Considerations for Tree Planting

        Is it time to add a new tree to your landscape?  There are many more considerations than “I’ve always wanted a maple tree.”  Not to discourage you from planting a tree – it is a noble undertaking – but below is a list of items to consider before you start.  Putting the right tree in the right place will ensure success.

  • Soil conditions:  Is it dry, wet or does it vary by time of year?  Choose a tree that will thrive in your soil.
  • Light conditions:  Will the tree be in full sun or will it be shaded by other trees or buildings?  Again, match your tree choice to your light conditions.
  • Climate:  In Winnebago County we are in USDA Hardiness Zone 5a, which means out winter low winter temperatures generally don’t get below -20ﹾF.  We can safely plant trees recommended for Zones 5a or lower.  If you are going to go to the work and expense of planting a tree, don’t try to take a chance on one that is hardy to a zone above 5a, hoping you’ll get lucky.  You probably won’t.
  • Height and width:  Research how big the tree will get and believe it.  Consider future generations and property owners as well.  Just because the tree won’t get big enough for its branches to hang over your roof or for its roots to buckle your sidewalk in your lifetime isn’t sufficient. 
    • Look up!  Trees that grow more than 20 feet tall shouldn’t be planted under or within 15 feet of powerlines.  Power utilities send crews out every few years to trim branches away from powerlines and the results are never pretty.  Perhaps a tall shrub would be better in this location.
    • Look down!  Make sure you know where underground utilities are buried.  Before you dig, contact Diggers Hotline at 1-800-242-8511 or to have someone come, free of charge, to mark underground utility locations. 
    • Look down again!  Do not plant a tree over a septic system.  The roots will break through the pipes in their search for warmth and water and you’ll have a real mess.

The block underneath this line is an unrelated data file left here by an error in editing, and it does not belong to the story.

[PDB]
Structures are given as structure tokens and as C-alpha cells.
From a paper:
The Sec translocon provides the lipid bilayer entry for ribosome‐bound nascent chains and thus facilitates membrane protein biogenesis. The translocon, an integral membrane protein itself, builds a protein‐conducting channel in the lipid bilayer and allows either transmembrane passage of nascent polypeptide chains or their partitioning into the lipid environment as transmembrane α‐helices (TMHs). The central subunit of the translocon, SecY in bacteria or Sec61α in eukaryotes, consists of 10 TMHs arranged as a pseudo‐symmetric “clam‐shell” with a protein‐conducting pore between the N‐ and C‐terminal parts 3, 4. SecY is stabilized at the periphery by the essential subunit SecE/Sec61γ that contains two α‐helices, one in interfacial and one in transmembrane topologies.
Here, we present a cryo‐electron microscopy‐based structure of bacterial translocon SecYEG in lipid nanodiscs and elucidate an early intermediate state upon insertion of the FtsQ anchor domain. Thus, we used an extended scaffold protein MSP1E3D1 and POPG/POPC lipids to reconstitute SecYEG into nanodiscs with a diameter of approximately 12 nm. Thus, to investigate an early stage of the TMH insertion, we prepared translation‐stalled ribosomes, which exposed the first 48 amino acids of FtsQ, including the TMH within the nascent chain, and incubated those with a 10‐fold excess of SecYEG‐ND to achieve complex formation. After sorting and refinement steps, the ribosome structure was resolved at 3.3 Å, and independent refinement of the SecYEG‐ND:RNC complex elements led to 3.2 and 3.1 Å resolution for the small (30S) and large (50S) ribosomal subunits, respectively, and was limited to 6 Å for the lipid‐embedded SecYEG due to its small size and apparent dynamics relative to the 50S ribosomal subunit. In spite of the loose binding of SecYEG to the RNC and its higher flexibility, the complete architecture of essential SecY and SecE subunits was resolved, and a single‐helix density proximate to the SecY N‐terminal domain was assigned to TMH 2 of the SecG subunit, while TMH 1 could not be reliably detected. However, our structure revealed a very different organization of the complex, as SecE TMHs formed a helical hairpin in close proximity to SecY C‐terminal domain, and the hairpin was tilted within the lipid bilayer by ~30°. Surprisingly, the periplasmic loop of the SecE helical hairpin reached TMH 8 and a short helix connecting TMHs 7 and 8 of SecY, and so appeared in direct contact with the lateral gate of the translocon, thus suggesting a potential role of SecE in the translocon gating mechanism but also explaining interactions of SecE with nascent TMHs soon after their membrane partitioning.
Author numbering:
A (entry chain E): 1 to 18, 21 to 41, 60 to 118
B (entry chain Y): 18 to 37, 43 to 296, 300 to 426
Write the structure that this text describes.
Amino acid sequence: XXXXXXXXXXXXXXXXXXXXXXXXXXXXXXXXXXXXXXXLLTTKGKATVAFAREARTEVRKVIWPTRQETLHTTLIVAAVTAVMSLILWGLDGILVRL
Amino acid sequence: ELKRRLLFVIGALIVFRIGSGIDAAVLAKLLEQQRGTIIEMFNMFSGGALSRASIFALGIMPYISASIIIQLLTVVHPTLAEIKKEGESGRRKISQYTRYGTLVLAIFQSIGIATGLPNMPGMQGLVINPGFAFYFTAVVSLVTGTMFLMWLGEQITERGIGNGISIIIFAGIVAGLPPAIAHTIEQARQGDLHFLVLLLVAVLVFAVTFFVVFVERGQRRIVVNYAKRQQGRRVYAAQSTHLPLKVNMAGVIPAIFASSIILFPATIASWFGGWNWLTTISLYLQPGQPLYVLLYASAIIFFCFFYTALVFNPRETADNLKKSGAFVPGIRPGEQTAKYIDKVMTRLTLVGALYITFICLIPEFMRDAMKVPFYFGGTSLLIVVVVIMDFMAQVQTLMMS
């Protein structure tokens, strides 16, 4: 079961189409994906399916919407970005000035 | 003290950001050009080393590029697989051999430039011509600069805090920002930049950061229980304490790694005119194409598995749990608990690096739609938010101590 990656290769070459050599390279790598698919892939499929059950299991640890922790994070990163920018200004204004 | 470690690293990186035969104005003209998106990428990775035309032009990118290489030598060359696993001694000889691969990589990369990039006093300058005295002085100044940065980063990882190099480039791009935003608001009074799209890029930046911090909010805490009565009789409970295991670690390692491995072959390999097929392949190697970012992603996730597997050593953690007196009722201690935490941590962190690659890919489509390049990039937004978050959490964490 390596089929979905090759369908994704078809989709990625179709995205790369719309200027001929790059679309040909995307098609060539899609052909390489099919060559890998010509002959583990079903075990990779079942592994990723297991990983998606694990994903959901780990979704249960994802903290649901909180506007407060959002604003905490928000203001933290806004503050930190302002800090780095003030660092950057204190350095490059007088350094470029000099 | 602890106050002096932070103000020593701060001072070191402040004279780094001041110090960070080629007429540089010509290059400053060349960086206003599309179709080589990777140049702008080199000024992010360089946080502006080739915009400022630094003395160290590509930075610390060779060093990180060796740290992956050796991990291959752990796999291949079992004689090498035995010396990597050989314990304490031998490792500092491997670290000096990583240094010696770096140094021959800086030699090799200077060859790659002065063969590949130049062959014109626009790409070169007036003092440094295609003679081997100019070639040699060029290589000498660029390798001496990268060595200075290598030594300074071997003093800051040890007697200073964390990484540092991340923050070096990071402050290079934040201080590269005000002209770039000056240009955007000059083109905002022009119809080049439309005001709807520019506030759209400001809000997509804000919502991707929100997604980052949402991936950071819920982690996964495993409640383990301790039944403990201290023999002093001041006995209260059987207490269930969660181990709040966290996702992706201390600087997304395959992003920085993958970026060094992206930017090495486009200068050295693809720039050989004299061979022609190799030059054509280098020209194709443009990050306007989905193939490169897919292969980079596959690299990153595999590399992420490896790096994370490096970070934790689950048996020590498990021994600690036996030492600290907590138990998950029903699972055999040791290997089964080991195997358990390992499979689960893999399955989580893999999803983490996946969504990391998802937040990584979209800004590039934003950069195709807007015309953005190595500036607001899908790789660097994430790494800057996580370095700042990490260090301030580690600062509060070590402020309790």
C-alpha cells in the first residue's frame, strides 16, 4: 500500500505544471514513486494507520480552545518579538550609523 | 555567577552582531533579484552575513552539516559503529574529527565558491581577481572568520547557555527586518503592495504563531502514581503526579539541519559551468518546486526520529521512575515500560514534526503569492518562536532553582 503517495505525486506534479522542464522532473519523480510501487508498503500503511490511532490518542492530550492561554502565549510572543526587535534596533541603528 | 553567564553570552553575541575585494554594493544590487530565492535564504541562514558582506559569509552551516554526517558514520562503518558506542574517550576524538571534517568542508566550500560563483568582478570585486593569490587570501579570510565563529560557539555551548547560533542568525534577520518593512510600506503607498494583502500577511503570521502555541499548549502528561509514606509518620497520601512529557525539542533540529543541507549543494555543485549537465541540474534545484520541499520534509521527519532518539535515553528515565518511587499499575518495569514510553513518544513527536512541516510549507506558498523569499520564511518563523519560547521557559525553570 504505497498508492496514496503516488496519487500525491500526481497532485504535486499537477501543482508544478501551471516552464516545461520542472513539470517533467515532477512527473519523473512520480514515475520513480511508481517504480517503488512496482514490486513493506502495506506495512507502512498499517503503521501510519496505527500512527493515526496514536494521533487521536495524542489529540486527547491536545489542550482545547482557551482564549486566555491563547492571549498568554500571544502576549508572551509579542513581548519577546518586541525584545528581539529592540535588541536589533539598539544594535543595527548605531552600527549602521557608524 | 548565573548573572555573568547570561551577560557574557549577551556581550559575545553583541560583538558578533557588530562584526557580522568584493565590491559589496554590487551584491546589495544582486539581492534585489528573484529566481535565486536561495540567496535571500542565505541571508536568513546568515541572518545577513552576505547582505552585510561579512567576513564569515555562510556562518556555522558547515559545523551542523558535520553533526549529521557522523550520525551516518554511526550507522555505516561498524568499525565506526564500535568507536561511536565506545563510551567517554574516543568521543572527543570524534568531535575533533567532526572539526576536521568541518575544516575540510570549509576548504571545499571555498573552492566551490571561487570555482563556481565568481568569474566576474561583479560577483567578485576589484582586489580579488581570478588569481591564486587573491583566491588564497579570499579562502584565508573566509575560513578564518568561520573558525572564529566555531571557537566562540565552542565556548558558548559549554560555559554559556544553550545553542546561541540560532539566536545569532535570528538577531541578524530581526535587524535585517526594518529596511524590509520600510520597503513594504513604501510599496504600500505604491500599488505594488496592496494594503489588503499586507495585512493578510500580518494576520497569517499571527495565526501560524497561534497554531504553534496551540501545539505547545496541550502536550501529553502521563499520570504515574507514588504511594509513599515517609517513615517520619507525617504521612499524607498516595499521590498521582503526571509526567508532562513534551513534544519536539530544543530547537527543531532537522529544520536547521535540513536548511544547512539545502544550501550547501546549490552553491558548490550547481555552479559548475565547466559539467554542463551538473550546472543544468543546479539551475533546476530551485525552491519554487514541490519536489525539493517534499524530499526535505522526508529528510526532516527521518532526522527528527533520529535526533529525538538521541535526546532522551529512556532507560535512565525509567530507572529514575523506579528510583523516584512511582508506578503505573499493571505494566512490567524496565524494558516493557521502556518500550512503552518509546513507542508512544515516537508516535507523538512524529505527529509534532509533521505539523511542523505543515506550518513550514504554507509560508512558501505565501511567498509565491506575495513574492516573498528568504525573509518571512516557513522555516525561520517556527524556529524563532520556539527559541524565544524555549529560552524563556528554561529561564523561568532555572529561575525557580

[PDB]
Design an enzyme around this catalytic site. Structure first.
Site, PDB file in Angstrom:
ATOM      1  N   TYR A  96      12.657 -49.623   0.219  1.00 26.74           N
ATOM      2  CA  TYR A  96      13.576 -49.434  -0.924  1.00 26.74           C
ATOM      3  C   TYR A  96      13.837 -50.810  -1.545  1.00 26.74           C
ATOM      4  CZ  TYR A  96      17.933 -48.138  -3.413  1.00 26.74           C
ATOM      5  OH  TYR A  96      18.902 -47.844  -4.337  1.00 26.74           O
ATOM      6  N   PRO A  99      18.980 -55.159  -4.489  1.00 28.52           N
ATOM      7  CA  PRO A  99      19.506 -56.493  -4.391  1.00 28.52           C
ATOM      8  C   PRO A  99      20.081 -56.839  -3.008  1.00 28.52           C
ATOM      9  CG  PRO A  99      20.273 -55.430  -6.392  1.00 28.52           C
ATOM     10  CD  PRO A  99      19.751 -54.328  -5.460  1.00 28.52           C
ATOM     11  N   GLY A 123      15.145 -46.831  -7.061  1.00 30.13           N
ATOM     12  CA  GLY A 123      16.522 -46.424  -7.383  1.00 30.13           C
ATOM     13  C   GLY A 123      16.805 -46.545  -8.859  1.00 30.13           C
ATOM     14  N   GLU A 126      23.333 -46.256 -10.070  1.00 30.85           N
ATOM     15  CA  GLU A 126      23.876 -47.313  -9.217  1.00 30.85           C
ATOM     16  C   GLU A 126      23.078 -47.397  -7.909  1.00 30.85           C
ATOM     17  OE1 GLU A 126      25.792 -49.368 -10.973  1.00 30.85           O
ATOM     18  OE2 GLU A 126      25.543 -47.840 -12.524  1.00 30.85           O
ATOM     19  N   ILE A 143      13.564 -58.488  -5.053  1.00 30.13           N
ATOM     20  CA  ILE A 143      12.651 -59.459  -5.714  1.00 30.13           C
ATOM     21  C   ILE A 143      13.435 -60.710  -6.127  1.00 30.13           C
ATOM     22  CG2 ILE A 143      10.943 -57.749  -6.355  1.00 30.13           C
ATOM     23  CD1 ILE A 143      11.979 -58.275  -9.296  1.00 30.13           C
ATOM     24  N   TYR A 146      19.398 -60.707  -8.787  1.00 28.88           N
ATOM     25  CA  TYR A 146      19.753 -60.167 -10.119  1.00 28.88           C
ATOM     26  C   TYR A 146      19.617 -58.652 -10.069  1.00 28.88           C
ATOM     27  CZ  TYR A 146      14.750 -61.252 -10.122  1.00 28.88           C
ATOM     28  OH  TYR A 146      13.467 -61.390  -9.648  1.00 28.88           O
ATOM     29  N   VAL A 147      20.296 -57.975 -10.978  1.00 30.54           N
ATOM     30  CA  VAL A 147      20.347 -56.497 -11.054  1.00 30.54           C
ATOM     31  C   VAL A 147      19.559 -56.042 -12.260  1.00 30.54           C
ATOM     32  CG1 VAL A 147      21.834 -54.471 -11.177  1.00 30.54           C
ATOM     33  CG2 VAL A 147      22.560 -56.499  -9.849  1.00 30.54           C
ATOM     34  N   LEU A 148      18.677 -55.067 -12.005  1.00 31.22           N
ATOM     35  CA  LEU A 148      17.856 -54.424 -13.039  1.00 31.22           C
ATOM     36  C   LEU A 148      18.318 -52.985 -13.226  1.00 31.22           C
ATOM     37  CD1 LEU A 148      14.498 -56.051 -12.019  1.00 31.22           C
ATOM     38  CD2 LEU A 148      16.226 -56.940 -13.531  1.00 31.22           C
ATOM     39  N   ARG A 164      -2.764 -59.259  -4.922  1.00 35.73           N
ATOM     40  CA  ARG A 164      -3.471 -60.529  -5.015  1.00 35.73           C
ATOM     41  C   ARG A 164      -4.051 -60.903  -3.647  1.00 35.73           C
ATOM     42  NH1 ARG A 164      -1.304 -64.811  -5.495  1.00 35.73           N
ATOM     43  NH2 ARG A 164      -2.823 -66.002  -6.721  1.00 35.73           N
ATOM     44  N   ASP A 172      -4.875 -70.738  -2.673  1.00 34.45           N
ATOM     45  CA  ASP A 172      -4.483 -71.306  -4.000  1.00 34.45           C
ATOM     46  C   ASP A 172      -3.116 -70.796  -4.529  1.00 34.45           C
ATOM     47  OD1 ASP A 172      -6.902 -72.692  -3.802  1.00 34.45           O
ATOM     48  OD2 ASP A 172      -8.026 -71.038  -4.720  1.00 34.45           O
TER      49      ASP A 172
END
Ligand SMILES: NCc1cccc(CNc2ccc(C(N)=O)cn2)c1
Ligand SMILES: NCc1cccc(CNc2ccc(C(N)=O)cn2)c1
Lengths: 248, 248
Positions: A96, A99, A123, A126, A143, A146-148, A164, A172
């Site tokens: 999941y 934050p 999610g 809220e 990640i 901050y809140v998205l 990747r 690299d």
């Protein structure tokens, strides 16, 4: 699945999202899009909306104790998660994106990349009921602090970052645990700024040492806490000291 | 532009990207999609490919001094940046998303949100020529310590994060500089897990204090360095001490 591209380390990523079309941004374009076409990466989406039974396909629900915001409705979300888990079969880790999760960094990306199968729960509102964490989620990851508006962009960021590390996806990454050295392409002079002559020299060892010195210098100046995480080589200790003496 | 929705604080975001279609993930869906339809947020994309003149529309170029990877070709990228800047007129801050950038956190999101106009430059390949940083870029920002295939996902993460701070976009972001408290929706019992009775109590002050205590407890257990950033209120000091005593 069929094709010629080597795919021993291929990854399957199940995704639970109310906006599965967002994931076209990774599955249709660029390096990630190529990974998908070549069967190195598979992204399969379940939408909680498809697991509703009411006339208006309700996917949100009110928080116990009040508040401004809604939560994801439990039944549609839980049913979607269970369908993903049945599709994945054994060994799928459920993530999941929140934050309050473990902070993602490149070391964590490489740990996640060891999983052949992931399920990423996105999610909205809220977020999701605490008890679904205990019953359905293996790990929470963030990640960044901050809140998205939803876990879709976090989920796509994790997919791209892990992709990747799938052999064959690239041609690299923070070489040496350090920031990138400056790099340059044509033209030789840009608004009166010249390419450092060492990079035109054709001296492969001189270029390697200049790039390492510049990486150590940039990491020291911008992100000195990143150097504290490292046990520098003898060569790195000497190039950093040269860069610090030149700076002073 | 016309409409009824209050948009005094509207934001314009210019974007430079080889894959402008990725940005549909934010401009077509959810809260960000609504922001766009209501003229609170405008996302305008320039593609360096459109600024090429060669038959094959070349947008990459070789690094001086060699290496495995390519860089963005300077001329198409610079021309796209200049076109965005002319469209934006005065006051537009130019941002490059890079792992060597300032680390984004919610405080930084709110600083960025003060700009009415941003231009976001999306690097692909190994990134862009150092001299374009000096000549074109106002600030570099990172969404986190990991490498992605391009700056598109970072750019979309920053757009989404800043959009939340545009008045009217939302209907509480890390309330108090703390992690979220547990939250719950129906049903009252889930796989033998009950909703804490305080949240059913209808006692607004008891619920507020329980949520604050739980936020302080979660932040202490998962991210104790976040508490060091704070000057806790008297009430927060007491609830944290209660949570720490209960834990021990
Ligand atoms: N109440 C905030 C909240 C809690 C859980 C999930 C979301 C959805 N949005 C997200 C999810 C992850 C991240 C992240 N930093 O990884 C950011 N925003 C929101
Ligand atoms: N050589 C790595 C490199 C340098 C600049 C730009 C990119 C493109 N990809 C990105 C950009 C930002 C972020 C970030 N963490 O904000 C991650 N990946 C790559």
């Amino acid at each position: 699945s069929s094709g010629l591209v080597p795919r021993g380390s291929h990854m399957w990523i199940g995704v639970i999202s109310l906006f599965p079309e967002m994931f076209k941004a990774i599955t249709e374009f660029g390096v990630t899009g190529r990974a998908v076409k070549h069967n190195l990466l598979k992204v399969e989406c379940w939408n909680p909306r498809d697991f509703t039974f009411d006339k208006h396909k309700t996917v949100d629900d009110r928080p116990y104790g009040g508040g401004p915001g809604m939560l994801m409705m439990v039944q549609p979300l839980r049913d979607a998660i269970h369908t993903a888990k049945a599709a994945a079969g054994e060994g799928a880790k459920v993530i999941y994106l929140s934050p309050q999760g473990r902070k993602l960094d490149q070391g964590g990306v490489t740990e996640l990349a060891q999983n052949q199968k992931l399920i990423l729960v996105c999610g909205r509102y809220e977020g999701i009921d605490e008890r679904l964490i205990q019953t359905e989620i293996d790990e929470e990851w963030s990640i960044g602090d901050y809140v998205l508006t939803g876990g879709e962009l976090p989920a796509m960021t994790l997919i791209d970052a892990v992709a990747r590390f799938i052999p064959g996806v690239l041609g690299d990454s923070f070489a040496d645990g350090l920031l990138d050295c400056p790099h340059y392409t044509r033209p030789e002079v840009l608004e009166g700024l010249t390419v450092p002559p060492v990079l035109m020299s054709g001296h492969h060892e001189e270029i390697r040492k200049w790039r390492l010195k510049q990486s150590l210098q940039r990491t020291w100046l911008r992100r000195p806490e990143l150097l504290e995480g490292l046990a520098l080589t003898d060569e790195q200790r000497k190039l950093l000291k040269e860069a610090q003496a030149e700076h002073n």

• Look sideways!  Large trees should be planted at least 35’ away from your home (and your neighbor’s home) to make certain that branches don’t brush the house or hang over your roof, and that roots do not damage your foundation.
  • Consider your current view.  Don’t accidentally plant your new tree where it will interfere with what is now a beautiful view.  You might think about how your new tree will affect your neighbor’s view as well.
  • Think about what you want the tree to do?  Provide shade?  Put on a fantastic fall color display?  Block a bad view?  Provide a windbreak?  Provide food or shelter for wildlife?  You can find long lists of trees that satisfy each of these categories on the internet or in books.
  • How much maintenance will the tree need and are you capable of doing it?  Some trees drop some kind of “mess” all year long in the form of flowers, seeds, tiny twigs, etc.  Others are relatively clean, dropping only leaves in fall.  Some need pruning when they are young to direct their growth.  All trees will need supplemental water for at least the first two years.

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